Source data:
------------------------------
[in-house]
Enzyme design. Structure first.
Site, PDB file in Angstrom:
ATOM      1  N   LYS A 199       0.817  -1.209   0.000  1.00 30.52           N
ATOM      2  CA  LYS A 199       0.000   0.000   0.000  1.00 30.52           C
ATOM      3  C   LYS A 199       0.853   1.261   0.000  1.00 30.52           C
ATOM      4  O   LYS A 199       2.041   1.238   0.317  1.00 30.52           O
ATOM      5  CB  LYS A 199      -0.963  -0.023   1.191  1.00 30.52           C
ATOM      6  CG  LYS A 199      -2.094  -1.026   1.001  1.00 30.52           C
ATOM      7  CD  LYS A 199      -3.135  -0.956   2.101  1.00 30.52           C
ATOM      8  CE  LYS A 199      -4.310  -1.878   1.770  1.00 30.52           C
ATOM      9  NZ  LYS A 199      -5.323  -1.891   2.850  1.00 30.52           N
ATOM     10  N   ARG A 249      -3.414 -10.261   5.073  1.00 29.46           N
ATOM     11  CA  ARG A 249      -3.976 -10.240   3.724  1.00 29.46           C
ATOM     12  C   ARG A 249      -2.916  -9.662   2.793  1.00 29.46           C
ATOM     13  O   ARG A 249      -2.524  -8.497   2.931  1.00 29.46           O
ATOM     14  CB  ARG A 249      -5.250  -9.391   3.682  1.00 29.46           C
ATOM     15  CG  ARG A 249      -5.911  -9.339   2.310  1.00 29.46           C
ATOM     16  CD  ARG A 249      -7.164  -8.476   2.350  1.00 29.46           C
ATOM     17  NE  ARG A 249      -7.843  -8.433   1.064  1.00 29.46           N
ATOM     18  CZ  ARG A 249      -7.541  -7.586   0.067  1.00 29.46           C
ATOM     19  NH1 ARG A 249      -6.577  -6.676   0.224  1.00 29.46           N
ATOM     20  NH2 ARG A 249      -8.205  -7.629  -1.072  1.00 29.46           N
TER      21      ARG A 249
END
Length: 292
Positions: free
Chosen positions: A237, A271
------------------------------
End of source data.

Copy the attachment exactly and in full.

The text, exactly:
[in-house]
Enzyme design. Structure first.
Site, PDB file in Angstrom:
ATOM      1  N   LYS A 199       0.817  -1.209   0.000  1.00 30.52           N
ATOM      2  CA  LYS A 199       0.000   0.000   0.000  1.00 30.52           C
ATOM      3  C   LYS A 199       0.853   1.261   0.000  1.00 30.52           C
ATOM      4  O   LYS A 199       2.041   1.238   0.317  1.00 30.52           O
ATOM      5  CB  LYS A 199      -0.963  -0.023   1.191  1.00 30.52           C
ATOM      6  CG  LYS A 199      -2.094  -1.026   1.001  1.00 30.52           C
ATOM      7  CD  LYS A 199      -3.135  -0.956   2.101  1.00 30.52           C
ATOM      8  CE  LYS A 199      -4.310  -1.878   1.770  1.00 30.52           C
ATOM      9  NZ  LYS A 199      -5.323  -1.891   2.850  1.00 30.52           N
ATOM     10  N   ARG A 249      -3.414 -10.261   5.073  1.00 29.46           N
ATOM     11  CA  ARG A 249      -3.976 -10.240   3.724  1.00 29.46           C
ATOM     12  C   ARG A 249      -2.916  -9.662   2.793  1.00 29.46           C
ATOM     13  O   ARG A 249      -2.524  -8.497   2.931  1.00 29.46           O
ATOM     14  CB  ARG A 249      -5.250  -9.391   3.682  1.00 29.46           C
ATOM     15  CG  ARG A 249      -5.911  -9.339   2.310  1.00 29.46           C
ATOM     16  CD  ARG A 249      -7.164  -8.476   2.350  1.00 29.46           C
ATOM     17  NE  ARG A 249      -7.843  -8.433   1.064  1.00 29.46           N
ATOM     18  CZ  ARG A 249      -7.541  -7.586   0.067  1.00 29.46           C
ATOM     19  NH1 ARG A 249      -6.577  -6.676   0.224  1.00 29.46           N
ATOM     20  NH2 ARG A 249      -8.205  -7.629  -1.072  1.00 29.46           N
TER      21      ARG A 249
END
Length: 292
Positions: free
Chosen positions: A237, A271